John F. Kennedy (1917-1963) was the 35th president of the United States. Elected in 1960 at the age of 43, he became the youngest person ever to be voted into the White House. Kennedy served from 1961 until his assassination in November 1963. To this day, many Americans remember Kennedy as an idealistic champion of freedom at home and abroad, despite the fact that his policies on civil rights, Vietnam, and Cuba sometimes failed to live up to his soaring rhetoric.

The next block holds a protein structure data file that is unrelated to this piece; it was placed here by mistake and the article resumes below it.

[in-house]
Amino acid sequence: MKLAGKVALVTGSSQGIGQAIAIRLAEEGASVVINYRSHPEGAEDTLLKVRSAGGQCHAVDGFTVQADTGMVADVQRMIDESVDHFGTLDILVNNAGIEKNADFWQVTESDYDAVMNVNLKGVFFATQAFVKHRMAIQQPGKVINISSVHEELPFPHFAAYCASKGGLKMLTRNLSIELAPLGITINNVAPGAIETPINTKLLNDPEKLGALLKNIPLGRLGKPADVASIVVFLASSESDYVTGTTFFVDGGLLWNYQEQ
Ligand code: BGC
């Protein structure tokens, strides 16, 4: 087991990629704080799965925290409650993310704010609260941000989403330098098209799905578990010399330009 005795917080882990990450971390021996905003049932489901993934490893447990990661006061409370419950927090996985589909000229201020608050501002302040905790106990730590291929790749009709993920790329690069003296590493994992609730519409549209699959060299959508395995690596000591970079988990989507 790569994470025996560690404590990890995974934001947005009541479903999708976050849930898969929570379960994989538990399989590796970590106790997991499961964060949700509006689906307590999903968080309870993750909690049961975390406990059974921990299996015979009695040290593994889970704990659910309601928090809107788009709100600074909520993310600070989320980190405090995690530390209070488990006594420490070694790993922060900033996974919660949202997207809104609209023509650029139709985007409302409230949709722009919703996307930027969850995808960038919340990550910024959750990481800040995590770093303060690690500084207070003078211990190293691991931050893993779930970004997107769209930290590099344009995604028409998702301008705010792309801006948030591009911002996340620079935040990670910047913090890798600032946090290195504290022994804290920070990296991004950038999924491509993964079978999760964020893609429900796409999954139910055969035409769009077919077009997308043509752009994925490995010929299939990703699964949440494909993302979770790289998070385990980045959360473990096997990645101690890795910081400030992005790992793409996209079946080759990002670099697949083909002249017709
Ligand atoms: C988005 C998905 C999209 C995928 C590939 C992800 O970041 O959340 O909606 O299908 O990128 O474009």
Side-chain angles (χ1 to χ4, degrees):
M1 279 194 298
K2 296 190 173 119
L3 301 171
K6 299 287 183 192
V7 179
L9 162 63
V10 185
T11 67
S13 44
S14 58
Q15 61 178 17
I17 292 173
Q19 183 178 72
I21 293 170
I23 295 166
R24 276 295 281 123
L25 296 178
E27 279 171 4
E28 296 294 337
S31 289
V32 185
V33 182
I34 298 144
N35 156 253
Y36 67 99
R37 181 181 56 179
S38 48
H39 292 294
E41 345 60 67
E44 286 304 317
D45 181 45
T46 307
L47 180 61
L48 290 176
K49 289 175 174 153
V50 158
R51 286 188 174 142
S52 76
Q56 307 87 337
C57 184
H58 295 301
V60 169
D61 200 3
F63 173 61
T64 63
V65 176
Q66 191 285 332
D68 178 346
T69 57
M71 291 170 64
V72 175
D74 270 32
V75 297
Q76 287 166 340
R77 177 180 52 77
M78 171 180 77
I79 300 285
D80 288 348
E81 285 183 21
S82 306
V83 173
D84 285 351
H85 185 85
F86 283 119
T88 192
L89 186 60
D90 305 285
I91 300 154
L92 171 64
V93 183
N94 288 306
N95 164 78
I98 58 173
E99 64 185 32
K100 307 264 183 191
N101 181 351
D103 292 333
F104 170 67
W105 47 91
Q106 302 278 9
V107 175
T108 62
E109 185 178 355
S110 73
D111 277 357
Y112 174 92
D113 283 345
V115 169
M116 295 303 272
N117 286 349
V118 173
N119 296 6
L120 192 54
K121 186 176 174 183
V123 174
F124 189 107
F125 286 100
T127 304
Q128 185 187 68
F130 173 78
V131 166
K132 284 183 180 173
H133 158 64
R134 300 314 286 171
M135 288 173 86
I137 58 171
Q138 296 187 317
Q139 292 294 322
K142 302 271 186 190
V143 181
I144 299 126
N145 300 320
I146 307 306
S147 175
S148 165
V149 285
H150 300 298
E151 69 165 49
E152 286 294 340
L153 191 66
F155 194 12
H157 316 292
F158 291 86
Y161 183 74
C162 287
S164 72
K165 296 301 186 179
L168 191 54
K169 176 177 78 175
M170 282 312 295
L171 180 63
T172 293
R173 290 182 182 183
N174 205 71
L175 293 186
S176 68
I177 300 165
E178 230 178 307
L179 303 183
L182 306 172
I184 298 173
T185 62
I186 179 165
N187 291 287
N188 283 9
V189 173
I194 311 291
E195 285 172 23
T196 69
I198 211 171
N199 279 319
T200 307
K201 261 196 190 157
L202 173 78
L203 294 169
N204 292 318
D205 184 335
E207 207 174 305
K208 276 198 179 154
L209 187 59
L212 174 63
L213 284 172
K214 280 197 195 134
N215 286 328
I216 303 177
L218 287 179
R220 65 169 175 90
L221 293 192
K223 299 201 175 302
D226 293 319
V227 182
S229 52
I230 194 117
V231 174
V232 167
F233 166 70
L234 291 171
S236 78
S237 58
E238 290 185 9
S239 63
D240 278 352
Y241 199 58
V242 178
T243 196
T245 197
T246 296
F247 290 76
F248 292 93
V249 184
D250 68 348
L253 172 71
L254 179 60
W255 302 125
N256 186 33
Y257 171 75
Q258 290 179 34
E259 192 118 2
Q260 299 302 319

During his years as president, Kennedy tripled the amount of American economic and military aid to the South Vietnamese and increased the number of U.S. military advisors in Indochina. He refused to withdraw from the escalating conflict in Vietnam because, he said, "to withdraw from that effort would mean a collapse not only of South Vietnam, but Southeast Asia. So we are going to stay there." Some historians allege that just weeks before Kennedy was assassinated in Dallas, he supported a military coup that overthrew and murdered South Vietnam's president Ngo Dinh Diem.